Unfolding in a stable presidential race and a tumultuous election year, the debate may be less likely than past ones to sway voters. But it is still an opportunity for President Trump in particular.
By Shane Goldmacher and Adam Nagourney
The first debate between President Trump and Joseph R. Biden Jr. will begin at 9 p.m. Eastern on Tuesday and run for 90 minutes without commercial interruptions.
The Times will livestream the event, accompanied by analysis and fact-checking from our reporters. The debate will also be carried on channels including ABC, CBS, CNN, C-SPAN, Fox News, MSNBC and NBC.
Chris Wallace, the anchor of “Fox News Sunday,” will moderate the debate. He played that role in one of the 2016 debates between Mr. Trump and Hillary Clinton.
The moderator chooses the debate topics. For Tuesday night, Mr. Wallace chose Mr. Trump’s and Mr. Biden’s records, the Supreme Court, the coronavirus pandemic, the economy, race and violence in cities and the integrity of the election. There will be 15 minutes to discuss each topic.
For Trump and Biden, the debate comes with different incentives.
Mr. Trump and Mr. Biden will walk onto the first presidential debate stage of the 2020 general election with a very different set of political incentives.
For Mr. Trump, it is a much-welcomed chance to shake up a race in which he is currently behind. For Mr. Biden, the debate is a risky but necessary step, a close encounter with an unorthodox rival who can and will say almost anything.
After complaining for months about Mr. Biden’s “basement” strategy, the debate is Mr. Trump’s biggest opportunity to reframe the election as a choice between two competing visions. The Biden campaign continues to cast the race chiefly as a referendum on Mr. Trump’s failures in responding to the coronavirus pandemic.
Two things can be true at once about the stakes of the debate.
First, the presidential race so far has been an extremely stable affair, with little disrupting Mr. Biden’s consistent polling lead — not a pandemic, not record joblessness, not mass protests over policing and racism, and not an unexpected Supreme Court vacancy. A 90-minute debate will be hard-pressed to move the needle more than those factors.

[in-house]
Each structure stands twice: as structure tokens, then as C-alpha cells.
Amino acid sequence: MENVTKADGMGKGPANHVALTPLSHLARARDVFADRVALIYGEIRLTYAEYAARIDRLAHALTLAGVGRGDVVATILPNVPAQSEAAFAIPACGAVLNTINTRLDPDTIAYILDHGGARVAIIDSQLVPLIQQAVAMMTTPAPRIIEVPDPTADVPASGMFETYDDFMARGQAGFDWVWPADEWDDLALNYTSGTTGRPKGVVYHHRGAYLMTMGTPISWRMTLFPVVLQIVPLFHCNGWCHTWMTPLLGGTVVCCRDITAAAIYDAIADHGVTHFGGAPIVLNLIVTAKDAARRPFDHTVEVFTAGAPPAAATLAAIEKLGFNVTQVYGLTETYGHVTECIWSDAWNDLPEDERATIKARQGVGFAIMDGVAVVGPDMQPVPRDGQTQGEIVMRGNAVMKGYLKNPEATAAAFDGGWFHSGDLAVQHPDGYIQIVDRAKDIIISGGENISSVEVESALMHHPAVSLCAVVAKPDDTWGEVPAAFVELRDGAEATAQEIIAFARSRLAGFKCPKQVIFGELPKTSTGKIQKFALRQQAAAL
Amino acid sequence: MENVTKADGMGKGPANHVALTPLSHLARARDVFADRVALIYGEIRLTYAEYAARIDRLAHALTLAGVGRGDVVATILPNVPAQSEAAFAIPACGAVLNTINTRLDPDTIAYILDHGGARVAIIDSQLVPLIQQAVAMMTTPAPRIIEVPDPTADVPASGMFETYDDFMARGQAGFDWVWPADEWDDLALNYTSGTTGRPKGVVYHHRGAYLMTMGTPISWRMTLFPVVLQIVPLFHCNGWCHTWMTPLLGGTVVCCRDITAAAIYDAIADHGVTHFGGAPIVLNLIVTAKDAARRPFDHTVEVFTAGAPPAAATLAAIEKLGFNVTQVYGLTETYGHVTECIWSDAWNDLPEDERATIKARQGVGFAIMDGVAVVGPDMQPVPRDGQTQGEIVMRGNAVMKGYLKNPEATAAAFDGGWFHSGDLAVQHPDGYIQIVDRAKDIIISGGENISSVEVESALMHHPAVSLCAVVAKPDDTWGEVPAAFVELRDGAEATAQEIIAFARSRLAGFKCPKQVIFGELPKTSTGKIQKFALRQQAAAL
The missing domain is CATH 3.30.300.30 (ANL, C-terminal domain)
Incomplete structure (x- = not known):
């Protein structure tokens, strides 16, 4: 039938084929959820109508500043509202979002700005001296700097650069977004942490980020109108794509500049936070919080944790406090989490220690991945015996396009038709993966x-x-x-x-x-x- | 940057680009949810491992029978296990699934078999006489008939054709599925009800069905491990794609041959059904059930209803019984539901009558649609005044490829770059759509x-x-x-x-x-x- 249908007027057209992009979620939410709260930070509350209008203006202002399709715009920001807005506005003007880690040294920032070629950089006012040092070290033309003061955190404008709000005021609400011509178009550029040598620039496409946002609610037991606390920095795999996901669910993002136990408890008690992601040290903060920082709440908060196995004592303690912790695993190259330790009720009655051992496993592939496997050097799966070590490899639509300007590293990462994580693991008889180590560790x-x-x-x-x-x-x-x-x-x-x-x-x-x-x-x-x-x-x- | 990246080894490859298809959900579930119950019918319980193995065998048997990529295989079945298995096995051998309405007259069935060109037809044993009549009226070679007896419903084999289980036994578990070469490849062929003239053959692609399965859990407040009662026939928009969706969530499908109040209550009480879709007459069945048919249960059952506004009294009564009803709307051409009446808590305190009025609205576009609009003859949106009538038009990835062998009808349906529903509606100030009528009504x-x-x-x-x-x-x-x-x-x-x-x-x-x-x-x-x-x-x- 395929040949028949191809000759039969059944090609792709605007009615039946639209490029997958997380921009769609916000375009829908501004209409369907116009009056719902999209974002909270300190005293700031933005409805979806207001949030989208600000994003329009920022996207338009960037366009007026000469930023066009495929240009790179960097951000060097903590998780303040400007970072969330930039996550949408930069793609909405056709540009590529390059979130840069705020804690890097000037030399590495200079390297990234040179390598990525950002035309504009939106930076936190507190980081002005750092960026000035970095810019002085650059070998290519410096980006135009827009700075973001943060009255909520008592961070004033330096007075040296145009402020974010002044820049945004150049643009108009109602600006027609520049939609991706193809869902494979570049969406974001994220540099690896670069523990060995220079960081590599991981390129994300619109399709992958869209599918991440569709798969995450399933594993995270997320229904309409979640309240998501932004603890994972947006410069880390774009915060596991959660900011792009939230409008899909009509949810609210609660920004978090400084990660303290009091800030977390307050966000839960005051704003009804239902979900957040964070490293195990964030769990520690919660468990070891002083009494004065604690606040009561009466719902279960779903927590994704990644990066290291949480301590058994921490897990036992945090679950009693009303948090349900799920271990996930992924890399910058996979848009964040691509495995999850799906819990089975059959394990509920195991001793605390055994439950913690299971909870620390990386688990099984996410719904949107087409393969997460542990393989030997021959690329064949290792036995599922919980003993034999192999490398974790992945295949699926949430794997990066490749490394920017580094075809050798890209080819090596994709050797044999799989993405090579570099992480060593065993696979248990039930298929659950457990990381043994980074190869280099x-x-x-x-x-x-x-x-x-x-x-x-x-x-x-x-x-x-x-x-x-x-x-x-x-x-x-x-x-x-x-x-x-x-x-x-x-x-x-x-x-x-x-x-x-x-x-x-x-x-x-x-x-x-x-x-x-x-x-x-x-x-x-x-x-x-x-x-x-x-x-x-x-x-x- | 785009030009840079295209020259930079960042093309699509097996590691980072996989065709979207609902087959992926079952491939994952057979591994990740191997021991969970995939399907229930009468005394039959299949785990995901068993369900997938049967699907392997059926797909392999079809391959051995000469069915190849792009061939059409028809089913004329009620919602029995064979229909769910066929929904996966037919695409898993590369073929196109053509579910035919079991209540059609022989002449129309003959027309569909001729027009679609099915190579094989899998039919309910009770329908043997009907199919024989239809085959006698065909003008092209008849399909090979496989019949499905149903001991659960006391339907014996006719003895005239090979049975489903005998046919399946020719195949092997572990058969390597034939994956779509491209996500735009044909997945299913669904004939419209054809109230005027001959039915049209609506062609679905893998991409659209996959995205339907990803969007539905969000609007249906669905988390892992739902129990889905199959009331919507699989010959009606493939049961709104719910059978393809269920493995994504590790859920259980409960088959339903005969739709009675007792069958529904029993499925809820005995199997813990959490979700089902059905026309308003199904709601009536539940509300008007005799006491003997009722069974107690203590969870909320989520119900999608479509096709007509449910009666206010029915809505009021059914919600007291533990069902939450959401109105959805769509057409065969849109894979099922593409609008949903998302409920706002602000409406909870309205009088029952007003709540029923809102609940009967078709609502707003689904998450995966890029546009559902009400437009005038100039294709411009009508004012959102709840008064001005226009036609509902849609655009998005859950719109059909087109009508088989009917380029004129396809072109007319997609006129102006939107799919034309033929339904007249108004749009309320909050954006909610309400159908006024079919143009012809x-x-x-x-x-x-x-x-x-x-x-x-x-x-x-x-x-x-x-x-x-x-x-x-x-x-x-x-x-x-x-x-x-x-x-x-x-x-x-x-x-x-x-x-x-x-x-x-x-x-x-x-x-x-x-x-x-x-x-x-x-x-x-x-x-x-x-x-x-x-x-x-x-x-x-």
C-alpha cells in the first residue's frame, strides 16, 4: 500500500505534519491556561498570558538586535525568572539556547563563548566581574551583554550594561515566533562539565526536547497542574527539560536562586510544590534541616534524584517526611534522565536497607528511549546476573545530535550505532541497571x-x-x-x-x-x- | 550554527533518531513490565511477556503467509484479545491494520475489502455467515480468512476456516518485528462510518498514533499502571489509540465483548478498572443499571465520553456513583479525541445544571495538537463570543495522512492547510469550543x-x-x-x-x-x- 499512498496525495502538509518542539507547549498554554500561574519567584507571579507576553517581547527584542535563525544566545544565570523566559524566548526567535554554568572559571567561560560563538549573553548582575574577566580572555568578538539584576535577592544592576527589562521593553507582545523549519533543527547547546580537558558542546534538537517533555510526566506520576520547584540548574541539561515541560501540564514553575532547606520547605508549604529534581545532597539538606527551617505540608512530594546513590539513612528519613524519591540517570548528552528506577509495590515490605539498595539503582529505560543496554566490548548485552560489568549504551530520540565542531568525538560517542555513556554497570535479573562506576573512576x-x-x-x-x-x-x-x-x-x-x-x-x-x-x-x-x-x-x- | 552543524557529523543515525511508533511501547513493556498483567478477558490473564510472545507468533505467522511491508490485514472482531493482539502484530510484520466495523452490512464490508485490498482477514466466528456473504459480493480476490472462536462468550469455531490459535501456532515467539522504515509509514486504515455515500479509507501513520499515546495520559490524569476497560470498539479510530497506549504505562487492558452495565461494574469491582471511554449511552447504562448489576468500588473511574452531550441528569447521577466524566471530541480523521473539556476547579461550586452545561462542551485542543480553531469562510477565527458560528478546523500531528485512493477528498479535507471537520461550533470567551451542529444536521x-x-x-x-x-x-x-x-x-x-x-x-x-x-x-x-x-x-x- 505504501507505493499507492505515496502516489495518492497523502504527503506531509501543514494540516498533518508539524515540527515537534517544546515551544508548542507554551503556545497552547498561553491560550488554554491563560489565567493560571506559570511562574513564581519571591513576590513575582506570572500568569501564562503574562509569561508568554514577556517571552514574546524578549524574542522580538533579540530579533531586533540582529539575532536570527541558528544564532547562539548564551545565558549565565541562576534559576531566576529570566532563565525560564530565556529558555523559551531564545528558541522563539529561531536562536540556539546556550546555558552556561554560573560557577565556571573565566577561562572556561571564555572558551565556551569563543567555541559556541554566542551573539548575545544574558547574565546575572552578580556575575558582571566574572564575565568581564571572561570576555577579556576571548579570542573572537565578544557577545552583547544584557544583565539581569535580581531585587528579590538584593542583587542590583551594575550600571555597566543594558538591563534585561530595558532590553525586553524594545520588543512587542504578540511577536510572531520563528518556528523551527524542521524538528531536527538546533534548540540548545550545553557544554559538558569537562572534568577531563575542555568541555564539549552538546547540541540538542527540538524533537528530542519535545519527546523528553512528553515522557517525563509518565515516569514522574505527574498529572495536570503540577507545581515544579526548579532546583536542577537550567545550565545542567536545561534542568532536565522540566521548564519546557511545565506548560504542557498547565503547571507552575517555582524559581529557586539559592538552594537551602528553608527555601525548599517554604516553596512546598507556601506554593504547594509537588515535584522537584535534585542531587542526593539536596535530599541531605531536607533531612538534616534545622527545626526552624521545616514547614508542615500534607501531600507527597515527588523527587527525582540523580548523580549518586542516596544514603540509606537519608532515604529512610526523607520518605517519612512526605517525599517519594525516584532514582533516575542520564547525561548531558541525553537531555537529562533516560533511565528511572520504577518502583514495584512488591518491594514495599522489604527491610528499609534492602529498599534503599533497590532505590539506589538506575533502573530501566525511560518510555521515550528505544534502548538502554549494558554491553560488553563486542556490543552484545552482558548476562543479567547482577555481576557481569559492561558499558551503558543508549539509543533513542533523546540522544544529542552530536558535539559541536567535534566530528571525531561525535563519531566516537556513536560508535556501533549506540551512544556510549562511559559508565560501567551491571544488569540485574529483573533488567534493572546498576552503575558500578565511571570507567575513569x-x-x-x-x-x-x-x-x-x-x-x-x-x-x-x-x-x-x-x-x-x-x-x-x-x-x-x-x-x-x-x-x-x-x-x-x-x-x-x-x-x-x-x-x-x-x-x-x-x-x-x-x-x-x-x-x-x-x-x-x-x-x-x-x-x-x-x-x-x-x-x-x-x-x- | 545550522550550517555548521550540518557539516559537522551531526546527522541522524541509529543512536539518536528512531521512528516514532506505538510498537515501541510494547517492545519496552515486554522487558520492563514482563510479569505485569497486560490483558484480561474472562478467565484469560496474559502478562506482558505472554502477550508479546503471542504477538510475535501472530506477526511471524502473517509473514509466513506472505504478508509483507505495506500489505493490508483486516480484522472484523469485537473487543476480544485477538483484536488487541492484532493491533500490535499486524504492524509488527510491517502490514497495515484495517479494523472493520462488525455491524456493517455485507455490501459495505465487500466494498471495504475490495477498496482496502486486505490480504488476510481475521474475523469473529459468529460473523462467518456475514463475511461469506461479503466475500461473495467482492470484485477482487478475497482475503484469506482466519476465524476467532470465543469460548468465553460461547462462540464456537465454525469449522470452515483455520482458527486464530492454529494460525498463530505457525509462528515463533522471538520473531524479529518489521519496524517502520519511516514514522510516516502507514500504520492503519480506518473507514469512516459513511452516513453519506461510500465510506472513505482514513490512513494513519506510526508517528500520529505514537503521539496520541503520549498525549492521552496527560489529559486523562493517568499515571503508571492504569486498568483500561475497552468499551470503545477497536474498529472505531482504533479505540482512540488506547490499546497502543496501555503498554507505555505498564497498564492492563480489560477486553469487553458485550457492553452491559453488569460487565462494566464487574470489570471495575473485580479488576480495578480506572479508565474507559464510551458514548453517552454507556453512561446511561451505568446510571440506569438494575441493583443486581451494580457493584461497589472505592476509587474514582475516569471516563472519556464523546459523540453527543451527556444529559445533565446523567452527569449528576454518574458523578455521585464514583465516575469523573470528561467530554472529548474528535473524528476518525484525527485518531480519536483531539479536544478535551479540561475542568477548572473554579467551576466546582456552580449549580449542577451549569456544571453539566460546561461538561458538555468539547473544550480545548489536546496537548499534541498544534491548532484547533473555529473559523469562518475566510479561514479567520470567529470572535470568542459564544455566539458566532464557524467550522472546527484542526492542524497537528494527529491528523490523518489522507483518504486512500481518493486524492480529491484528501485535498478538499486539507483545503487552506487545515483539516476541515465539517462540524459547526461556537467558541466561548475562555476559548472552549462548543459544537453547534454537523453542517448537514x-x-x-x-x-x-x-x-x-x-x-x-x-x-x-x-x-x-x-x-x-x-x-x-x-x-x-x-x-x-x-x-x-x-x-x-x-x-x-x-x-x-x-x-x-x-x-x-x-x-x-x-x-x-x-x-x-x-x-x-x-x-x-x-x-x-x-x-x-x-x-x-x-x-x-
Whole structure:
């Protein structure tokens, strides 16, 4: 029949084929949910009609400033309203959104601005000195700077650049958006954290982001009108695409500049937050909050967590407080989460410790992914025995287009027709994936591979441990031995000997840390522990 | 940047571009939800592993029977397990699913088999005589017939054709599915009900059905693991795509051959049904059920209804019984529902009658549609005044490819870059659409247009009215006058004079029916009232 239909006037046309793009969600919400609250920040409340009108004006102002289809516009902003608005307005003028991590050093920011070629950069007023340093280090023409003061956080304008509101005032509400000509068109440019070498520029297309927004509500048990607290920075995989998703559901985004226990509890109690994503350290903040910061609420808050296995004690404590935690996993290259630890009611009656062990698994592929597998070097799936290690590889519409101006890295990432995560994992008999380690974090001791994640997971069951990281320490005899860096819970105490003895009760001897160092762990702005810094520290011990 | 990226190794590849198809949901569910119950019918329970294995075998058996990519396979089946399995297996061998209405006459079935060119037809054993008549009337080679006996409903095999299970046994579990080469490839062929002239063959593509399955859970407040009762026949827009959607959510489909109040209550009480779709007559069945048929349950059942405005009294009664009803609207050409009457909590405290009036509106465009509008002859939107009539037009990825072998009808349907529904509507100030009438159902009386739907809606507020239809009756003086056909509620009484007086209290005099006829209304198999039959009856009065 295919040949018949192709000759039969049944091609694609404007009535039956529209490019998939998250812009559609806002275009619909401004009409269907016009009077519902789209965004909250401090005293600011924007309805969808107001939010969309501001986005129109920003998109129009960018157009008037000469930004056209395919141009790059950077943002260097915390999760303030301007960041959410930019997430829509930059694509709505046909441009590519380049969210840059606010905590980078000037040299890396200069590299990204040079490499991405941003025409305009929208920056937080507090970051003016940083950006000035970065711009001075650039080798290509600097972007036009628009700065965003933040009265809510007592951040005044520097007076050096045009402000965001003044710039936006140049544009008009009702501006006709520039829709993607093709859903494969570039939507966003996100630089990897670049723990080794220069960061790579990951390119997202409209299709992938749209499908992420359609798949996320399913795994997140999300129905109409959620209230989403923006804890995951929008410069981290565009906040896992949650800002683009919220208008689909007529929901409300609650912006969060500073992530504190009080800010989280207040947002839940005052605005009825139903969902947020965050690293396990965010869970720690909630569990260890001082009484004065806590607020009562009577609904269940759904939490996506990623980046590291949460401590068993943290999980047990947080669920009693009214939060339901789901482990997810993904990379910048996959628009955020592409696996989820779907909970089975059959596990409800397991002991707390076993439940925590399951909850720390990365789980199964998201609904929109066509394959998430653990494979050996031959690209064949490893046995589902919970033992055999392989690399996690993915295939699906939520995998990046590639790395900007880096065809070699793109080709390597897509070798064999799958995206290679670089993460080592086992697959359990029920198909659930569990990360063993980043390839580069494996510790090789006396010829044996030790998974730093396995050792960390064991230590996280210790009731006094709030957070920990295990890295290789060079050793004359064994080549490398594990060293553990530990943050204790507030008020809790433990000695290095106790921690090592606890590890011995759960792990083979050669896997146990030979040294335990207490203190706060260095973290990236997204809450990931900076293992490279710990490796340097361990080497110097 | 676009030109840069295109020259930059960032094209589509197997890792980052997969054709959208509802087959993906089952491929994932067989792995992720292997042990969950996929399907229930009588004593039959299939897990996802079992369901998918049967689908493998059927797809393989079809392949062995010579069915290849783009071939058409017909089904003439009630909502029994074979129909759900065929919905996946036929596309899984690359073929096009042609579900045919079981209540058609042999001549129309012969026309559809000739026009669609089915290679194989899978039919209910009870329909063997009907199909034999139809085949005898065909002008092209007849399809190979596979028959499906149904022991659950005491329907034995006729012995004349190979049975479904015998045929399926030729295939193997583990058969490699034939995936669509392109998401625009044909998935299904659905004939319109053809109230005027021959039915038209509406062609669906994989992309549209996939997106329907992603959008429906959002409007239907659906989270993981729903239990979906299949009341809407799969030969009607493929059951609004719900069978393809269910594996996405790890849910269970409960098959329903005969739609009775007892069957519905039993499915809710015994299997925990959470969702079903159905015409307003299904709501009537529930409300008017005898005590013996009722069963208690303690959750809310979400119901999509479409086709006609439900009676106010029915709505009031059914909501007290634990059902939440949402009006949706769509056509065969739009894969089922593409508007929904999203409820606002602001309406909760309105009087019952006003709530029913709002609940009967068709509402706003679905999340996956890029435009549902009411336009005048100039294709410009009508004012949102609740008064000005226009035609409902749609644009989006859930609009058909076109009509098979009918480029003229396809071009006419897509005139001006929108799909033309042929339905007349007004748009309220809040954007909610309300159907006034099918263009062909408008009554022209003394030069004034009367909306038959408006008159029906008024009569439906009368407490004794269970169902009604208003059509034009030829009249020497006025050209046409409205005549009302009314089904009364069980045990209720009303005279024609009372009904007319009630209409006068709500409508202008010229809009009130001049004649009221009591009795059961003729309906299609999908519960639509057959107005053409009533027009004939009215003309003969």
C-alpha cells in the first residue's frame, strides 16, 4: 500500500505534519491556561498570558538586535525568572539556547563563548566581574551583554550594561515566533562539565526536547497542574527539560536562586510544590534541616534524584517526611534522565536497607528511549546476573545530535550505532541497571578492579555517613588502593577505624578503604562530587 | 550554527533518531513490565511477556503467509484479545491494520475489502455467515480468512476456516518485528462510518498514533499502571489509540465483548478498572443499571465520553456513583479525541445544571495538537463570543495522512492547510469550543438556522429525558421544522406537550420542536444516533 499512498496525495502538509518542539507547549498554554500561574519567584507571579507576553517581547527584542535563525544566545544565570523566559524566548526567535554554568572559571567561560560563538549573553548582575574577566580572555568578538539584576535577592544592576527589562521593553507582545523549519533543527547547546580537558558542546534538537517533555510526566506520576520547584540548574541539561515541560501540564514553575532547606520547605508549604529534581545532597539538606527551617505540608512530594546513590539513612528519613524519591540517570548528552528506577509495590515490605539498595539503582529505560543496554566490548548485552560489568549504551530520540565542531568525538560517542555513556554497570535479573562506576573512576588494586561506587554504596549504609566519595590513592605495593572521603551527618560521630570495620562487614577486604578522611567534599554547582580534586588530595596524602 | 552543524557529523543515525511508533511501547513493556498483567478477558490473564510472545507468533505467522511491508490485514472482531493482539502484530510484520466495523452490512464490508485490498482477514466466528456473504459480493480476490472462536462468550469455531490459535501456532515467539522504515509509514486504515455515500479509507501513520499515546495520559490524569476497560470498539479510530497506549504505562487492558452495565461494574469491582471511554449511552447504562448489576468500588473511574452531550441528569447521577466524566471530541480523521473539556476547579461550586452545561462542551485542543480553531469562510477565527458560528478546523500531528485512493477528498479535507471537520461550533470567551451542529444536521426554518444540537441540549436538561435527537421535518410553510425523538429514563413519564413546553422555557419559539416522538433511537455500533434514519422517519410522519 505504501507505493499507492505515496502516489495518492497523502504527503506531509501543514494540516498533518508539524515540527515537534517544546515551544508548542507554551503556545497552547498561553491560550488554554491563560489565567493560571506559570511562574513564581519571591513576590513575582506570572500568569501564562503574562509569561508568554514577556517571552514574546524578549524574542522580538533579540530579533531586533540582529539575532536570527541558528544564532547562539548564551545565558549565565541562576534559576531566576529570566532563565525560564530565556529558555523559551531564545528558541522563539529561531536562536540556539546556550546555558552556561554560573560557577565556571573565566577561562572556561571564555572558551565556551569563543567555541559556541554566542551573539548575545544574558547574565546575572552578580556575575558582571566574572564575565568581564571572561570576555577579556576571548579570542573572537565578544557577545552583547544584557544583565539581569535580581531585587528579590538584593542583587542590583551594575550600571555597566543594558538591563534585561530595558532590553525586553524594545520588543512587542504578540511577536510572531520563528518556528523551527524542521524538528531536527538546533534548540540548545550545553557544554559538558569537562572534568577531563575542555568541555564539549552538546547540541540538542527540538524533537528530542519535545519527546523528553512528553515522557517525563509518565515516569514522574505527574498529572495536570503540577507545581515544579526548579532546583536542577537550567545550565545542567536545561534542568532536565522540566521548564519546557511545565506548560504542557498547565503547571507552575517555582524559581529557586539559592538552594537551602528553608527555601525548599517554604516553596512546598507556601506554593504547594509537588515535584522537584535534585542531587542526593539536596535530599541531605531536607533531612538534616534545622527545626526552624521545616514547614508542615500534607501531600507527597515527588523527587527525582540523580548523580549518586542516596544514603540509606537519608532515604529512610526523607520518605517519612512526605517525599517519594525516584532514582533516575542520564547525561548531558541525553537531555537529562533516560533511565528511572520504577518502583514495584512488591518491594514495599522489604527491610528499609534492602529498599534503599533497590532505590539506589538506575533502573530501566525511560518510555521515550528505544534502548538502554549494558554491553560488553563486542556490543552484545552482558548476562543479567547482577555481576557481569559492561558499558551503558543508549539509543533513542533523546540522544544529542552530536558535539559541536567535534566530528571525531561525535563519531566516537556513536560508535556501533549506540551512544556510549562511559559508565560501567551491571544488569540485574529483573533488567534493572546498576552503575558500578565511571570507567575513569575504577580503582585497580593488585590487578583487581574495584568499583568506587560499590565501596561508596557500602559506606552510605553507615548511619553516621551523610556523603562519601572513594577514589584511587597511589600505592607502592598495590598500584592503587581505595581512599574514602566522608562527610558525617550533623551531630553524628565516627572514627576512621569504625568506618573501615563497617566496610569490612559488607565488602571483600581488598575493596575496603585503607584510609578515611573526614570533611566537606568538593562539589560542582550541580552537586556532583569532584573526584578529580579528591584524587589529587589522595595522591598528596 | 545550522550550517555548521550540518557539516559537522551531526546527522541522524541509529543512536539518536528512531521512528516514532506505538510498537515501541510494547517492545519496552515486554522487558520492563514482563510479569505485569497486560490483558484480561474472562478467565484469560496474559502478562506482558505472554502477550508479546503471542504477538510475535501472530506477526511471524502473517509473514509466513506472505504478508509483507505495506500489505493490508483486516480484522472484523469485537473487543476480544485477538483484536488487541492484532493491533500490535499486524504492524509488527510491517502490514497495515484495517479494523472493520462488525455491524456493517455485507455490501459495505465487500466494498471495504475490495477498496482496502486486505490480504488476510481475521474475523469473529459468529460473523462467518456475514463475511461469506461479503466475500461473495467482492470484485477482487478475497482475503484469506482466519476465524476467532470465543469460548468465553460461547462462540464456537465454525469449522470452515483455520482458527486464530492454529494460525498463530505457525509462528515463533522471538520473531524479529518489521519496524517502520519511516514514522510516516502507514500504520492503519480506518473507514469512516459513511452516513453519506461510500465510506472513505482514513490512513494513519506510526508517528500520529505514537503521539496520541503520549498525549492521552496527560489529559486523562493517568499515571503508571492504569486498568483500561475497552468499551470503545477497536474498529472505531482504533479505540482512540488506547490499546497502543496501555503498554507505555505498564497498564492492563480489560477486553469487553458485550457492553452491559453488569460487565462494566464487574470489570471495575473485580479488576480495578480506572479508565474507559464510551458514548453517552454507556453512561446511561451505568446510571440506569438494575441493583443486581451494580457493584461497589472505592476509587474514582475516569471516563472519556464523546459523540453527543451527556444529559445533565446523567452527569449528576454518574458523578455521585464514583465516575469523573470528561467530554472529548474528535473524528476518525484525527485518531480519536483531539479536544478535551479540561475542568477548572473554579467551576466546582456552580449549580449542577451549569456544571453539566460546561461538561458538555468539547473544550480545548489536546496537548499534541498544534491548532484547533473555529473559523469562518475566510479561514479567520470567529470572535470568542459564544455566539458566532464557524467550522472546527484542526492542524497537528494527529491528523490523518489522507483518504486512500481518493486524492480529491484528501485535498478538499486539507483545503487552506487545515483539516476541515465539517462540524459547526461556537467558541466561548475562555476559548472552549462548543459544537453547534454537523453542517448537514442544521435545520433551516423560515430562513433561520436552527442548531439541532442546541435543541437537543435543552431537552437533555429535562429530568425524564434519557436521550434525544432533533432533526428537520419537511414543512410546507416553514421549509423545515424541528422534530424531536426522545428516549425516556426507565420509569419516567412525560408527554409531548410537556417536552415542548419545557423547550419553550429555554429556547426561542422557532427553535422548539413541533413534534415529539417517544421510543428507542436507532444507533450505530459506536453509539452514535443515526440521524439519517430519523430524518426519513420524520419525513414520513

Second, the debate still represents one of Mr. Trump’s best opportunities to jostle the current dynamic, his first chance to speak directly to an audience of tens of millions of Americans alongside Mr. Biden.
How quickly does it go off the rails?
Mr. Trump has always been a showman, and debates have been some of his biggest stages as a politician. He jawbones, interrupts and lashes out in unusually personal ways, and he generally exerts an intense gravitational pull toward whatever he wants the spectacle to be about.
He is all but certain to attack Mr. Biden. It’s also possible he will go after the moderator, Mr. Wallace, whom the president has repeatedly compared unfavorably to his father, the former TV correspondent Mike Wallace.
What past campaigns have shown is that the first half of the first debate often sets the tone — and the tone of news coverage.
Mr. Biden has been pretty clear that he believes that Mrs. Clinton erred four years ago in her debates with Mr. Trump by getting into a back-and-forth argument about character. “She did what every other candidate probably would have done,” Mr. Biden said in January. The resulting debate was an ugly spectacle and, he said, “it all went down the drain.”
Mr. Biden wants to avoid that — and he has been stress-tested by advisers not to respond to Mr. Trump’s obvious provocations if they are not central to his own message.
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